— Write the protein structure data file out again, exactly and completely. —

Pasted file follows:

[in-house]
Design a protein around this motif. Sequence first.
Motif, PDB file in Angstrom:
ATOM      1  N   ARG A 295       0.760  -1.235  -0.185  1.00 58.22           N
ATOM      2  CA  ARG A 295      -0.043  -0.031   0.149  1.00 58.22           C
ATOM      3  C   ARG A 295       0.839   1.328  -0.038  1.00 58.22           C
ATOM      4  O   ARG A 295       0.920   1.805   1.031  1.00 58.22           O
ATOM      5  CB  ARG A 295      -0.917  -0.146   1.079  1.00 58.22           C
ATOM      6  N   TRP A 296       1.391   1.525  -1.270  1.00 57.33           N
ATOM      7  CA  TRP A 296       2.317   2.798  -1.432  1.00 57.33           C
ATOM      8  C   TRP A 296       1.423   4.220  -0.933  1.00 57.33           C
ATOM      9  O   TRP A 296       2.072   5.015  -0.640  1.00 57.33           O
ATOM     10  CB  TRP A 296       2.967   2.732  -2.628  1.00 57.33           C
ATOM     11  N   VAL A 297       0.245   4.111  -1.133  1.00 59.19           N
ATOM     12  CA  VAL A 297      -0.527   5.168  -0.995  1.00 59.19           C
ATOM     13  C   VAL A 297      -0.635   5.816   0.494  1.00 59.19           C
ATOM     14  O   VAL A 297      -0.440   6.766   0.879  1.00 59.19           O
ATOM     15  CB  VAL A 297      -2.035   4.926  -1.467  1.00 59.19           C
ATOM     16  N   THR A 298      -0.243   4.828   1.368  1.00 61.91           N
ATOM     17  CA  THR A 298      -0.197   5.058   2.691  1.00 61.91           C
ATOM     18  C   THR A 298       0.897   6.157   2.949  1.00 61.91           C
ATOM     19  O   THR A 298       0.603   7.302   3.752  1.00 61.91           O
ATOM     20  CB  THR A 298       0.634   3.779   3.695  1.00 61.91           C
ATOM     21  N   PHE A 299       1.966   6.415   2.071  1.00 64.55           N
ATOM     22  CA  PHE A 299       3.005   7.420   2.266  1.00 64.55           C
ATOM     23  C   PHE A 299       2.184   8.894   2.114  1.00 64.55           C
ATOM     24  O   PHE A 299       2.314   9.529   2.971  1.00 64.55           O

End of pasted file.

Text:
[in-house]
Design a protein around this motif. Sequence first.
Motif, PDB file in Angstrom:
ATOM      1  N   ARG A 295       0.760  -1.235  -0.185  1.00 58.22           N
ATOM      2  CA  ARG A 295      -0.043  -0.031   0.149  1.00 58.22           C
ATOM      3  C   ARG A 295       0.839   1.328  -0.038  1.00 58.22           C
ATOM      4  O   ARG A 295       0.920   1.805   1.031  1.00 58.22           O
ATOM      5  CB  ARG A 295      -0.917  -0.146   1.079  1.00 58.22           C
ATOM      6  N   TRP A 296       1.391   1.525  -1.270  1.00 57.33           N
ATOM      7  CA  TRP A 296       2.317   2.798  -1.432  1.00 57.33           C
ATOM      8  C   TRP A 296       1.423   4.220  -0.933  1.00 57.33           C
ATOM      9  O   TRP A 296       2.072   5.015  -0.640  1.00 57.33           O
ATOM     10  CB  TRP A 296       2.967   2.732  -2.628  1.00 57.33           C
ATOM     11  N   VAL A 297       0.245   4.111  -1.133  1.00 59.19           N
ATOM     12  CA  VAL A 297      -0.527   5.168  -0.995  1.00 59.19           C
ATOM     13  C   VAL A 297      -0.635   5.816   0.494  1.00 59.19           C
ATOM     14  O   VAL A 297      -0.440   6.766   0.879  1.00 59.19           O
ATOM     15  CB  VAL A 297      -2.035   4.926  -1.467  1.00 59.19           C
ATOM     16  N   THR A 298      -0.243   4.828   1.368  1.00 61.91           N
ATOM     17  CA  THR A 298      -0.197   5.058   2.691  1.00 61.91           C
ATOM     18  C   THR A 298       0.897   6.157   2.949  1.00 61.91           C
ATOM     19  O   THR A 298       0.603   7.302   3.752  1.00 61.91           O
ATOM     20  CB  THR A 298       0.634   3.779   3.695  1.00 61.91           C
ATOM     21  N   PHE A 299       1.966   6.415   2.071  1.00 64.55           N
ATOM     22  CA  PHE A 299       3.005   7.420   2.266  1.00 64.55           C
ATOM     23  C   PHE A 299       2.184   8.894   2.114  1.00 64.55           C
ATOM     24  O   PHE A 299       2.314   9.529   2.971  1.00 64.55           O